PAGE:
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How Washington can address skyrocketing prescription drug costs

Jul 17, 2017
In The News

Ranking Member Frank Pallone, Jr. spoke today at the Center for American Progress on ways to make prescription drugs more affordable. Here are his prepared remarks:

Prescription drug prices are higher than ever and American families and our health care system are suffering from staggering price hikes.

In 2015, prescription drug spending outpaced all other health care services. Next year, annual drug spending is expected to reach more than $500 billion here in the U.S.

As a result, many Americans face real barriers to accessing the medications they need. And our entire health care system — including public programs — are strained.

Making prescription drugs more affordable for the average consumer should be an issue that all of us, Republicans and Democrats, can support.

A Kaiser Family Foundation poll released in May found that six in ten Americans said that lowering the cost of prescription drugs should be a “top priority” for the President and Congress.

Despite a swell of grassroots advocacy and strong support from the President on this issue, we have yet to see any movement in Congress.

Last week, as part of the user fee reauthorization bill, the House passed a sense of the Congress urging HHS to work with Congress to lower the cost of prescription drugs.

Those were nice words, but now we need action, and unfortunately we haven’t seen any, despite our repeated requests for Congressional hearings.

It’s time to find workable solutions. Drug pricing is a complex issue that will require more than one policy solution.

While there may not be a silver bullet to address this problem, Congress must take a serious look at all solutions that will help American families to afford the medications they depend on.

So, here are some of my thoughts on ways to lower costs for consumers in both the public and private markets.


One way to address drug prices is to help generics and biosimilars come to market faster through ending anticompetitive behaviors by the brand drug companies. Today, some drug brand companies are delaying generic and biosimilar competition by using Risk Evaluation and Mitigation Strategies or REMS programs to block access to samples of branded drug products. Without access to these samples, generic and biosimilar manufacturers are unable to do the development work needed to bring a high quality, low cost generic or biosimilar to market, preventing consumer access to these low cost alternatives.

How big is the problem — according to a July 2014 study conducted by Matrix Global Advisors, the ongoing abuse of REMS and REMS-like programs costs the U.S. health system $5.4 billion annually.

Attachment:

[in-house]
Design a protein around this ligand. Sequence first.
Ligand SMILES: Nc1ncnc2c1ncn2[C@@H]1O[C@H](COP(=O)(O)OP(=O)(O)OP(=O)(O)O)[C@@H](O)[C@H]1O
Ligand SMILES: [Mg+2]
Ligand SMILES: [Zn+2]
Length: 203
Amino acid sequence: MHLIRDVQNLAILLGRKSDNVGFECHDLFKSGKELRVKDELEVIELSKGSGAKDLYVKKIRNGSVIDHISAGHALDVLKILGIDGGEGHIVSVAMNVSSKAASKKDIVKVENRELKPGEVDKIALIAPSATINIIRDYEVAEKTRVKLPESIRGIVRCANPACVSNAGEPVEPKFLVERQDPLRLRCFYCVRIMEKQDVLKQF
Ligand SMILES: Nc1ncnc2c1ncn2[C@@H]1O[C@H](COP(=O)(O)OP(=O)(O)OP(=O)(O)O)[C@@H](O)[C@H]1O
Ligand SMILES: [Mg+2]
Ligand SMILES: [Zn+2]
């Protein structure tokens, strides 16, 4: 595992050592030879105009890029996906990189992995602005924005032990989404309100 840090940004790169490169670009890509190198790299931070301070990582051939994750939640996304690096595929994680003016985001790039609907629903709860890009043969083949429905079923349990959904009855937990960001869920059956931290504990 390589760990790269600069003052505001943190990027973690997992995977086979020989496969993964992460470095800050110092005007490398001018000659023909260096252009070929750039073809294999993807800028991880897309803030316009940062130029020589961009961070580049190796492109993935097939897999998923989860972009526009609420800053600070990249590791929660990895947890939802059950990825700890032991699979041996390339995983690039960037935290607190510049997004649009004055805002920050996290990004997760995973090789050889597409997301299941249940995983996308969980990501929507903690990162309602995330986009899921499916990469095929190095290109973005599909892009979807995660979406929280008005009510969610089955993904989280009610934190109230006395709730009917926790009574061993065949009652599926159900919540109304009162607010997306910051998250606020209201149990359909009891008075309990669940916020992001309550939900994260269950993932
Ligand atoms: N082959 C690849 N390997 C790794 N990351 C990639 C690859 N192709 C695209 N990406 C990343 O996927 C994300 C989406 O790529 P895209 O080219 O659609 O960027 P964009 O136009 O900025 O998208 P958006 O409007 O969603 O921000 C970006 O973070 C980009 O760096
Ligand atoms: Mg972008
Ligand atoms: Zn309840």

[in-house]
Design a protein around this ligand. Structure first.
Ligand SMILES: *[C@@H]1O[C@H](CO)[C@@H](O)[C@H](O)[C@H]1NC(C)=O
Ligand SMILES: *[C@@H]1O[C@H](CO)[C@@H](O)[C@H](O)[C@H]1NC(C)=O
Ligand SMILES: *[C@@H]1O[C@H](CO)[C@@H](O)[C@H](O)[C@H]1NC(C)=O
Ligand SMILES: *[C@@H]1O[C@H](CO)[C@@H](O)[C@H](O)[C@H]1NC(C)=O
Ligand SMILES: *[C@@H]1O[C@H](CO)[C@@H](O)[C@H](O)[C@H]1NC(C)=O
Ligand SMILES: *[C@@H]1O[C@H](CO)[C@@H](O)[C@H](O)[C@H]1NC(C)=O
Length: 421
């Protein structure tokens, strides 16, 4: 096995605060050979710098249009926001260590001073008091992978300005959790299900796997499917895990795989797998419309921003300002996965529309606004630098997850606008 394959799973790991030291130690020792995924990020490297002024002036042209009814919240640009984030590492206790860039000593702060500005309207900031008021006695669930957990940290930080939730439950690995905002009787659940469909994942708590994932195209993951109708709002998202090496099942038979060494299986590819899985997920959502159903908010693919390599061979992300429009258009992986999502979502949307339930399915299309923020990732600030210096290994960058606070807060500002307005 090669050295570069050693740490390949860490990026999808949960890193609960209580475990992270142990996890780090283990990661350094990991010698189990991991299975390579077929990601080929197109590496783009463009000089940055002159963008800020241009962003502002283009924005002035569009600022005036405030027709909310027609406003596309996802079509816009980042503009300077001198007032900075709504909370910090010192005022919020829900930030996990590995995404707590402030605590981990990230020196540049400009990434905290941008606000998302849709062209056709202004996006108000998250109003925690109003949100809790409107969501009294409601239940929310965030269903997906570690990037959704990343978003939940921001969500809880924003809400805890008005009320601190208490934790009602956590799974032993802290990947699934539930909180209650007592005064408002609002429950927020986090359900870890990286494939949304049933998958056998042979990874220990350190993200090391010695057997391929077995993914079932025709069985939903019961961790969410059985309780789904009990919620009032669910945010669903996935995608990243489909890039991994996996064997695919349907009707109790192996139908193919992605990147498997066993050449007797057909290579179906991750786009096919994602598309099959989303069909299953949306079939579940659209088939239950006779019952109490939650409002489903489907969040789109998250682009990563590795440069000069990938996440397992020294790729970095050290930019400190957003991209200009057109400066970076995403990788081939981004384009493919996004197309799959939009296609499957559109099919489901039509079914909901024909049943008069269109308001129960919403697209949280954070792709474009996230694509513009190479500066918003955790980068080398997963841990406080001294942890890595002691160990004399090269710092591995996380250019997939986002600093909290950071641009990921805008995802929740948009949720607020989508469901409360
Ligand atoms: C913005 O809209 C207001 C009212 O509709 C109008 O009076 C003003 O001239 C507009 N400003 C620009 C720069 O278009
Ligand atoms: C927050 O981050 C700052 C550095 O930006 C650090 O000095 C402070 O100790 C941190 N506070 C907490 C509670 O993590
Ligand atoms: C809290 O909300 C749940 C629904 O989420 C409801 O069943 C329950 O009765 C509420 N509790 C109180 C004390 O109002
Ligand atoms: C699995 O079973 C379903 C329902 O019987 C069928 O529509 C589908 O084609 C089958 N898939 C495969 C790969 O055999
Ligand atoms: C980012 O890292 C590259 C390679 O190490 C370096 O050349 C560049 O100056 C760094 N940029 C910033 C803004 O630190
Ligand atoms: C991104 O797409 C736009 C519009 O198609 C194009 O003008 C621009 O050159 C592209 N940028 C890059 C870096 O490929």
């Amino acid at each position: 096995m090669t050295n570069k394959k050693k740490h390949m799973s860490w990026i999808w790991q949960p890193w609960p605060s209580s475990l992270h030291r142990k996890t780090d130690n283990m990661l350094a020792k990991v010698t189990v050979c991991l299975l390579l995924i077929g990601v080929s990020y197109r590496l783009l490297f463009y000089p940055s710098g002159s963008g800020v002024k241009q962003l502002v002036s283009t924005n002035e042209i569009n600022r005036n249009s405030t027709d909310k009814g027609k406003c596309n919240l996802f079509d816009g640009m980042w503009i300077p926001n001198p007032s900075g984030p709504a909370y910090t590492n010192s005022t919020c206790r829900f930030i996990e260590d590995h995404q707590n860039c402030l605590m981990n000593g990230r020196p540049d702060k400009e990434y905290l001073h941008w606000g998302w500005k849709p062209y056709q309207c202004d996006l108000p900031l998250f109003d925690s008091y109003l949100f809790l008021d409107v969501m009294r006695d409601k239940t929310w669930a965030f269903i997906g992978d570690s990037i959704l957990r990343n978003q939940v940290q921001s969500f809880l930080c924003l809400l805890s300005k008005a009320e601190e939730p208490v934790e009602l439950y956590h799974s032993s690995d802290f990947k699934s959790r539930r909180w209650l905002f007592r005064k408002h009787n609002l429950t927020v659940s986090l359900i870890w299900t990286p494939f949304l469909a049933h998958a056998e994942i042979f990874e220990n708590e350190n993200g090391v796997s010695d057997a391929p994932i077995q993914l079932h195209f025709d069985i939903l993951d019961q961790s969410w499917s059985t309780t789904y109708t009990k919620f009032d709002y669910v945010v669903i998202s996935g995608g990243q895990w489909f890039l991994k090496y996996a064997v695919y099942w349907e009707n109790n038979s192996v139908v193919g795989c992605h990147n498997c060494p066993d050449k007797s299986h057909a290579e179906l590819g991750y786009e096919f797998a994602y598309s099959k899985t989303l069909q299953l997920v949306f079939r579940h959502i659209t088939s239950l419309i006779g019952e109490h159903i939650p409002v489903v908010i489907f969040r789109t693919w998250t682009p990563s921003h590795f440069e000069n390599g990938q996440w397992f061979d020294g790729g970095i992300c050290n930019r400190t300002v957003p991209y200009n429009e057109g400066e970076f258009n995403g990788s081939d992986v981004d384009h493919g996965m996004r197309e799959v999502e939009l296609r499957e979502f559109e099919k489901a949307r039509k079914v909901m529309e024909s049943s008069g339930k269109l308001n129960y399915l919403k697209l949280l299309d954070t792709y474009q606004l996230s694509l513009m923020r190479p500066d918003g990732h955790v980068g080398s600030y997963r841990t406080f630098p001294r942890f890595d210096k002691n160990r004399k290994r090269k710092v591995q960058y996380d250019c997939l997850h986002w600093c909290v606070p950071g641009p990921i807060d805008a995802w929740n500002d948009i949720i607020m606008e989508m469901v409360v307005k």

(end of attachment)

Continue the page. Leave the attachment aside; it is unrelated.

We can begin to address drug prices by providing a pathway for generic and biosimilar manufacturers to access samples of branded products by passing the FAST Generics Act. This legislation establishes an FDA-approved authorization process for generic and biosimilar manufacturers to obtain samples of these branded products while also ensuring the safe use of these products.

Integrity of Regulatory Exclusivity

We must also protect the integrity of the regulatory exclusivity process. Exclusivity protects certain drug treatments from competition for a set period of time to allow drug manufacturers time to recoup their research and development investment.

Today, drug manufacturers retain this lucrative incentive even if they have violated criminal or civil law. For example, drug manufacturers may be found guilty for overcharging government health programs, or illegally promoting the unapproved use of a drug treatment and still maintain the benefit of market exclusivity.

This is wrong. They should lose the right to exclusivity for the related product. Bad actors should not be rewarded, and I would hope this would deter the pharmaceutical industry from committing abuses.

Penalties for Misclassification in the Medicaid Drug Rebate Program

We should also institute strong penalties for drugs that are misclassified under the Medicaid Drug Rebate Program.

EpiPen is the best example of why this policy is needed. EpiPen is considered a branded drug, however, the manufacturer of EpiPen, Mylan, had classified the EpiPen as a generic drug for purposes of the Medicaid Drug Rebate Program. This classification subjected EpiPen to a much lower rebate under the program, potentially costing Medicaid more than $1.27 billion.

Stronger penalties will make companies think twice before taking these actions.

Medicare Price Negotiation

There is also a great deal that we can do within our government health systems of Medicare and Medicaid.

First off, we should give Medicare the ability to negotiate prices with the drug companies. This is a no brainer. It’s already being done by the VA and through Tricare, the Military’s health care plan. Even President Trump agrees on this one, but Congressional Republicans continue to fight it.

Under Medicare Part D the HHS Secretary is statutorily restricted by a noninterference clause from having any role in negotiating or setting drug prices. Giving the HHS Secretary the authority to negotiate drug prices on behalf of millions of Medicare beneficiaries and taxpayers could provide some of the leverage needed to lower drug costs. And this would be particularly important for high-priced drugs where there is no competition and where smaller private plans may be less able to negotiate lower prices.